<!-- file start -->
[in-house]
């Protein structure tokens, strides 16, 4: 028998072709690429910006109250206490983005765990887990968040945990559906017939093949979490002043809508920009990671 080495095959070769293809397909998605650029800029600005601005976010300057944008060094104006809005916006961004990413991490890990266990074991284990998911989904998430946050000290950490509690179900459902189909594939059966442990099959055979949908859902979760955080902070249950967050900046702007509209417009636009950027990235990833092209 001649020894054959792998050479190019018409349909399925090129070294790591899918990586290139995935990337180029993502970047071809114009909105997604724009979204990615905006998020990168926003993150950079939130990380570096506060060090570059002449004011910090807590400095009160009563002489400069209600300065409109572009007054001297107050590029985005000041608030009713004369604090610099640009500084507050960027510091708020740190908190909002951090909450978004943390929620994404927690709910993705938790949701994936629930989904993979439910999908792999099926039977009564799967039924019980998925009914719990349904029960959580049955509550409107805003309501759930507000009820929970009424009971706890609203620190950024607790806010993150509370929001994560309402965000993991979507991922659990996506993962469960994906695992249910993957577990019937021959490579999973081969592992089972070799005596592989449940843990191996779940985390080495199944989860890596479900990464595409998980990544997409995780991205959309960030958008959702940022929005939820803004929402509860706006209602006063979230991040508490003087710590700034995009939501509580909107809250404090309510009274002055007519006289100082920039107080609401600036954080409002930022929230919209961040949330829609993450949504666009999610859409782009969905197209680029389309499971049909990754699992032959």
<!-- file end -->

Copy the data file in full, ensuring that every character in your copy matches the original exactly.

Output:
[in-house]
């Protein structure tokens, strides 16, 4: 028998072709690429910006109250206490983005765990887990968040945990559906017939093949979490002043809508920009990671 080495095959070769293809397909998605650029800029600005601005976010300057944008060094104006809005916006961004990413991490890990266990074991284990998911989904998430946050000290950490509690179900459902189909594939059966442990099959055979949908859902979760955080902070249950967050900046702007509209417009636009950027990235990833092209 001649020894054959792998050479190019018409349909399925090129070294790591899918990586290139995935990337180029993502970047071809114009909105997604724009979204990615905006998020990168926003993150950079939130990380570096506060060090570059002449004011910090807590400095009160009563002489400069209600300065409109572009007054001297107050590029985005000041608030009713004369604090610099640009500084507050960027510091708020740190908190909002951090909450978004943390929620994404927690709910993705938790949701994936629930989904993979439910999908792999099926039977009564799967039924019980998925009914719990349904029960959580049955509550409107805003309501759930507000009820929970009424009971706890609203620190950024607790806010993150509370929001994560309402965000993991979507991922659990996506993962469960994906695992249910993957577990019937021959490579999973081969592992089972070799005596592989449940843990191996779940985390080495199944989860890596479900990464595409998980990544997409995780991205959309960030958008959702940022929005939820803004929402509860706006209602006063979230991040508490003087710590700034995009939501509580909107809250404090309510009274002055007519006289100082920039107080609401600036954080409002930022929230919209961040949330829609993450949504666009999610859409782009969905197209680029389309499971049909990754699992032959």